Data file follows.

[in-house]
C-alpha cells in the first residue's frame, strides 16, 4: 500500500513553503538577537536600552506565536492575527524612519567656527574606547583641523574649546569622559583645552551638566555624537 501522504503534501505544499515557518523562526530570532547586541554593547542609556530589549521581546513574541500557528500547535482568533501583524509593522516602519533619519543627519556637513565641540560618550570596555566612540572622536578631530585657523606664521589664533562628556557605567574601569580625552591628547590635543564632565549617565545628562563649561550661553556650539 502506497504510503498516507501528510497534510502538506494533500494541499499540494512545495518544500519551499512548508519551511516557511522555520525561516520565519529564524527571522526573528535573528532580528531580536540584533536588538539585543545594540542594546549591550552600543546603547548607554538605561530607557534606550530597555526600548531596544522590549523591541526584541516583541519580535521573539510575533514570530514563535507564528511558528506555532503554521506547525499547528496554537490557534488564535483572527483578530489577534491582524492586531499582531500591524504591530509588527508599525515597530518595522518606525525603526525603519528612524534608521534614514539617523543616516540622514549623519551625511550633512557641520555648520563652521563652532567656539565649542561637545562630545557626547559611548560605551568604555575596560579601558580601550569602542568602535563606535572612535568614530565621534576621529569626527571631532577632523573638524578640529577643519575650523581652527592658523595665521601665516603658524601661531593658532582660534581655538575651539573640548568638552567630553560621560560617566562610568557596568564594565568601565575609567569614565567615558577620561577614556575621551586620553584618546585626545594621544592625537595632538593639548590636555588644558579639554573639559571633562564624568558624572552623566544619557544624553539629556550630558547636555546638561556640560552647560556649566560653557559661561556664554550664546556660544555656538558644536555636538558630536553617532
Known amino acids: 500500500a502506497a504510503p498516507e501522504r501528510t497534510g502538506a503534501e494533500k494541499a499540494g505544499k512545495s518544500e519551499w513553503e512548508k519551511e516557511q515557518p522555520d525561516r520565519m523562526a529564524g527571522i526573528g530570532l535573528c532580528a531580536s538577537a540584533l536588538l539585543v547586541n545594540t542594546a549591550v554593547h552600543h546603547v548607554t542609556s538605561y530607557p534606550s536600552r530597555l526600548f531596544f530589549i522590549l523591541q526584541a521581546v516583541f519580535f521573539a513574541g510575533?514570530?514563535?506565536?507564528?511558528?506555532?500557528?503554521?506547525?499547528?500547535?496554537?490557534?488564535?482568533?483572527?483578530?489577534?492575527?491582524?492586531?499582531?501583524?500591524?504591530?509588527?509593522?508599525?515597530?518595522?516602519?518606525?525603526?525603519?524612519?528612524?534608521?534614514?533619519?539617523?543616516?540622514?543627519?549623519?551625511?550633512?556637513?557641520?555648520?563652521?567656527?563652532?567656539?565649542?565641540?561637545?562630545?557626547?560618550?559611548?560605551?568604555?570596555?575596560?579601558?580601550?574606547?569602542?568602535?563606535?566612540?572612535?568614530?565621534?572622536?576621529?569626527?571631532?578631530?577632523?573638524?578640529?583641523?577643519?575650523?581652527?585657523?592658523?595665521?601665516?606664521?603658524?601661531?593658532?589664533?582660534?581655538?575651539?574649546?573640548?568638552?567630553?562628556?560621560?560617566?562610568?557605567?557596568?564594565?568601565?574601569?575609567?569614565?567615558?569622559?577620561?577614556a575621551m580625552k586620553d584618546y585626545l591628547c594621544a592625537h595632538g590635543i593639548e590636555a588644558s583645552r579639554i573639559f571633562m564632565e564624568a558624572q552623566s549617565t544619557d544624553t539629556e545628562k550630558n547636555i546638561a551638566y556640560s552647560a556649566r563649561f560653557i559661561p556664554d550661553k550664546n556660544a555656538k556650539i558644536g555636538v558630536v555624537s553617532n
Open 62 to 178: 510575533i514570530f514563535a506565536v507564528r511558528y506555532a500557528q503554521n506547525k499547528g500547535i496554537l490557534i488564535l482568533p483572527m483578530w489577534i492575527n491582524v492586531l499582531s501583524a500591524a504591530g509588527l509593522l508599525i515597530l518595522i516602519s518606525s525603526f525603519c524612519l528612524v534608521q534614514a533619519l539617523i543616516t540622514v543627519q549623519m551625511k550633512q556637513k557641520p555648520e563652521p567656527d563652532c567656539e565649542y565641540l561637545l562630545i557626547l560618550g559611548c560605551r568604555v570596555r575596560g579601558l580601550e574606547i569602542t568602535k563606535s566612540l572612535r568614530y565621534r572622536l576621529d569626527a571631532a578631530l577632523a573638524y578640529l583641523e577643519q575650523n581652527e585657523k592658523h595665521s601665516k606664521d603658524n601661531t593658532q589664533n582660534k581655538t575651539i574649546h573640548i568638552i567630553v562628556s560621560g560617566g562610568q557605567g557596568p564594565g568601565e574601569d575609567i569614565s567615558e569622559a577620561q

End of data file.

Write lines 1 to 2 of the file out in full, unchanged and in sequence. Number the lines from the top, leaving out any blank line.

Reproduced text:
[in-house]
C-alpha cells in the first residue's frame, strides 16, 4: 500500500513553503538577537536600552506565536492575527524612519567656527574606547583641523574649546569622559583645552551638566555624537 501522504503534501505544499515557518523562526530570532547586541554593547542609556530589549521581546513574541500557528500547535482568533501583524509593522516602519533619519543627519556637513565641540560618550570596555566612540572622536578631530585657523606664521589664533562628556557605567574601569580625552591628547590635543564632565549617565545628562563649561550661553556650539 502506497504510503498516507501528510497534510502538506494533500494541499499540494512545495518544500519551499512548508519551511516557511522555520525561516520565519529564524527571522526573528535573528532580528531580536540584533536588538539585543545594540542594546549591550552600543546603547548607554538605561530607557534606550530597555526600548531596544522590549523591541526584541516583541519580535521573539510575533514570530514563535507564528511558528506555532503554521506547525499547528496554537490557534488564535483572527483578530489577534491582524492586531499582531500591524504591530509588527508599525515597530518595522518606525525603526525603519528612524534608521534614514539617523543616516540622514549623519551625511550633512557641520555648520563652521563652532567656539565649542561637545562630545557626547559611548560605551568604555575596560579601558580601550569602542568602535563606535572612535568614530565621534576621529569626527571631532577632523573638524578640529577643519575650523581652527592658523595665521601665516603658524601661531593658532582660534581655538575651539573640548568638552567630553560621560560617566562610568557596568564594565568601565575609567569614565567615558577620561577614556575621551586620553584618546585626545594621544592625537595632538593639548590636555588644558579639554573639559571633562564624568558624572552623566544619557544624553539629556550630558547636555546638561556640560552647560556649566560653557559661561556664554550664546556660544555656538558644536555636538558630536553617532